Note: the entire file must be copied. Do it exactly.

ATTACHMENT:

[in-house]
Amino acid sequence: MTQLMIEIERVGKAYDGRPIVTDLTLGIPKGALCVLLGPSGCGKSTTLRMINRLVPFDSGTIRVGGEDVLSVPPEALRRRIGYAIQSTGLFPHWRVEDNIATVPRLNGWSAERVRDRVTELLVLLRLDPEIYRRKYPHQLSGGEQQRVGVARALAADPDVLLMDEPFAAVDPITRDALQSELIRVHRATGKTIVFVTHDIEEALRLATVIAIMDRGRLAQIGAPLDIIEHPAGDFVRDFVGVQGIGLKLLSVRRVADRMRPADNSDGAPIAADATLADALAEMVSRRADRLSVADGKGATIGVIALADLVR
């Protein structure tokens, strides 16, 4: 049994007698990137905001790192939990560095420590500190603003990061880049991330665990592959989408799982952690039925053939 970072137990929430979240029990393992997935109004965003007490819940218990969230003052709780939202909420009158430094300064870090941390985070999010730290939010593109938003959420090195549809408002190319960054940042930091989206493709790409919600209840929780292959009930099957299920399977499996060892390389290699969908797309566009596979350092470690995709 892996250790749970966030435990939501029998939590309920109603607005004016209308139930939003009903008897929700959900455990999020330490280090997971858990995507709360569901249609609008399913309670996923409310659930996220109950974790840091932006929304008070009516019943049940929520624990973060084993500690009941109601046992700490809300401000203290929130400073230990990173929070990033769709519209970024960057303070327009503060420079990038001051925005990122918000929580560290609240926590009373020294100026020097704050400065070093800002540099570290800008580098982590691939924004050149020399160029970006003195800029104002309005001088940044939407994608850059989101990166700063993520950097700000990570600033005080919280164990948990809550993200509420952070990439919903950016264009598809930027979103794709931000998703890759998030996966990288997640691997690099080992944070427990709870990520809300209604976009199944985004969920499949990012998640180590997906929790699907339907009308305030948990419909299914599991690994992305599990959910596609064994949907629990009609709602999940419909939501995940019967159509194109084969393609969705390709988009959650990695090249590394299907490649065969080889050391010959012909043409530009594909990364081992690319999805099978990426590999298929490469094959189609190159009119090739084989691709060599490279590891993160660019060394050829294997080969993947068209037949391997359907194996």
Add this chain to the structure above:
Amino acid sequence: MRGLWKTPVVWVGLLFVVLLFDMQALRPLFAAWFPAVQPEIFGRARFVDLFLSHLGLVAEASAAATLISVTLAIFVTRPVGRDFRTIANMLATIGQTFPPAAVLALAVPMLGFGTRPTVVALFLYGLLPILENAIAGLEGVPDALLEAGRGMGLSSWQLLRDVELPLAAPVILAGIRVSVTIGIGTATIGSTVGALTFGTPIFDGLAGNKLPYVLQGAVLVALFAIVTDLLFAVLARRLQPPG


[in-house]
Amino acid sequence: MTQLMIEIERVGKAYDGRPIVTDLTLGIPKGALCVLLGPSGCGKSTTLRMINRLVPFDSGTIRVGGEDVLSVPPEALRRRIGYAIQSTGLFPHWRVEDNIATVPRLNGWSAERVRDRVTELLVLLRLDPEIYRRKYPHQLSGGEQQRVGVARALAADPDVLLMDEPFAAVDPITRDALQSELIRVHRATGKTIVFVTHDIEEALRLATVIAIMDRGRLAQIGAPLDIIEHPAGDFVRDFVGVQGIGLKLLSVRRVADRMRPADNSDGAPIAADATLADALAEMVSRRADRLSVADGKGATIGVIALADLVR
């Protein structure tokens, strides 16, 4: 049994007698990137905001790192939990560095420590500190603003990061880049991330665990592959989408799982952690039925053939 970072137990929430979240029990393992997935109004965003007490819940218990969230003052709780939202909420009158430094300064870090941390985070999010730290939010593109938003959420090195549809408002190319960054940042930091989206493709790409919600209840929780292959009930099957299920399977499996060892390389290699969908797309566009596979350092470690995709 892996250790749970966030435990939501029998939590309920109603607005004016209308139930939003009903008897929700959900455990999020330490280090997971858990995507709360569901249609609008399913309670996923409310659930996220109950974790840091932006929304008070009516019943049940929520624990973060084993500690009941109601046992700490809300401000203290929130400073230990990173929070990033769709519209970024960057303070327009503060420079990038001051925005990122918000929580560290609240926590009373020294100026020097704050400065070093800002540099570290800008580098982590691939924004050149020399160029970006003195800029104002309005001088940044939407994608850059989101990166700063993520950097700000990570600033005080919280164990948990809550993200509420952070990439919903950016264009598809930027979103794709931000998703890759998030996966990288997640691997690099080992944070427990709870990520809300209604976009199944985004969920499949990012998640180590997906929790699907339907009308305030948990419909299914599991690994992305599990959910596609064994949907629990009609709602999940419909939501995940019967159509194109084969393609969705390709988009959650990695090249590394299907490649065969080889050391010959012909043409530009594909990364081992690319999805099978990426590999298929490469094959189609190159009119090739084989691709060599490279590891993160660019060394050829294997080969993947068209037949391997359907194996």
Add this chain to the structure above:
Amino acid sequence: MRGLWKTPVVWVGLLFVVLLFDMQALRPLFAAWFPAVQPEIFGRARFVDLFLSHLGLVAEASAAATLISVTLAIFVTRPVGRDFRTIANMLATIGQTFPPAAVLALAVPMLGFGTRPTVVALFLYGLLPILENAIAGLEGVPDALLEAGRGMGLSSWQLLRDVELPLAAPVILAGIRVSVTIGIGTATIGSTVGALTFGTPIFDGLAGNKLPYVLQGAVLVALFAIVTDLLFAVLARRLQPPG